Singapore Math: The math that makes the difference / By: Caren Urling
Posted Nov 17 2008 5:51pm
With less than 40 percent of fourth graders testing at or above the math proficiency, something must be changed. There is no justification for such low math scores among our children. Teachers and administrators need to look into how we can improve our children’s confidence, skills, and mathematical competence. As parents, we have the duty to pressure our schools into making changes that will improve the quality of education for our children.
Undoubtedly, Singapore continues to outshine many in mathematical education, including the United States. In a 2003 TIMSS study of fourth graders, Singapore outscored the U.S. by 76 points, while coming in first among the industrialized nations participating. Disappointingly, the American students scored 11 points below the average in Math. Noting these scores, we can’t help but ask the question of why.
As a parent and educator, I am convinced that there are a number of factors involved in these low test scores. Critics scrutinize these scores and begin pointing fingers at the teachers, parents, school system, etc. We, as a society, are always looking for someone to blame. BUT, what if it is not somebody, yet something that is to blame for these failures? Could it possibly be that we just do not have the right curriculum set in place?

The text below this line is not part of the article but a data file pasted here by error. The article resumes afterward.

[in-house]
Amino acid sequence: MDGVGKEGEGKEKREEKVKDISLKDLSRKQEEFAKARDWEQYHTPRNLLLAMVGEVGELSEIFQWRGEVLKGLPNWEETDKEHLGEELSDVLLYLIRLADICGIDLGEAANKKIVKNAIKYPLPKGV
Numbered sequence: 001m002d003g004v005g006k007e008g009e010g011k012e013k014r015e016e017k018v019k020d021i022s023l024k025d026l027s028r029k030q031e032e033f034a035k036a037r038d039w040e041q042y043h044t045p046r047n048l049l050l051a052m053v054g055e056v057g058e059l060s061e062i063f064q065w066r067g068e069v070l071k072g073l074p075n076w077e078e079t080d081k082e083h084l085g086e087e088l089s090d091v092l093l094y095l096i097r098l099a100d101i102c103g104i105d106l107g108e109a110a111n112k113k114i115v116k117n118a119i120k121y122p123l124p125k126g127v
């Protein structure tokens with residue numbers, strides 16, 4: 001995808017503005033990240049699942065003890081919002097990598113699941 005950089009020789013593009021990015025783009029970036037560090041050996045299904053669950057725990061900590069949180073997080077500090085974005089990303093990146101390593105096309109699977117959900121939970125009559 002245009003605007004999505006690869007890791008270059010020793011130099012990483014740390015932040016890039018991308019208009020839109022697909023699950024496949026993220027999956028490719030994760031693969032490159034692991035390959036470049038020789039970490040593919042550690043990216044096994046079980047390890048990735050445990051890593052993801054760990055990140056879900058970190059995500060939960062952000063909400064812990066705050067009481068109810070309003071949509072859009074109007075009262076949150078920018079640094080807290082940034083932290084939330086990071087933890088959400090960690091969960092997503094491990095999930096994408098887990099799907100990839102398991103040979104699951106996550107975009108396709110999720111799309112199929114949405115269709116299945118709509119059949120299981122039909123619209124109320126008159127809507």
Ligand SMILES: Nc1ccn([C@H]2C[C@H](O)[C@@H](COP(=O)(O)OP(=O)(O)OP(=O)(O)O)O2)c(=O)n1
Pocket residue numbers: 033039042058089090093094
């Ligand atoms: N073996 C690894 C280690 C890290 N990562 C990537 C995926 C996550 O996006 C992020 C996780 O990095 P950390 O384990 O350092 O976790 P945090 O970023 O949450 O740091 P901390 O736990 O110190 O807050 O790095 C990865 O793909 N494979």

Singapore uses a math program that could be easily implemented in the American schools. Forget about our old way of doing things and take an example from someone who has been doing it right for years, Singapore. Singapore’s math program doesn’t just teach a child how to do something; it also helps them apply what they have learned. It uses building blocks, instead of constant repetition, and it gives strategies on how to approach math problems while using a more simplified method of problem solving.
It’s time for Tampa to realize that something needs to change. The outdated way of doing mathematics will only cause further decline in test scores and hinder our children’s potential. Look, ask, and pursue a modification in the present curriculum. Do it for our kids, and do it for the future of Tampa.
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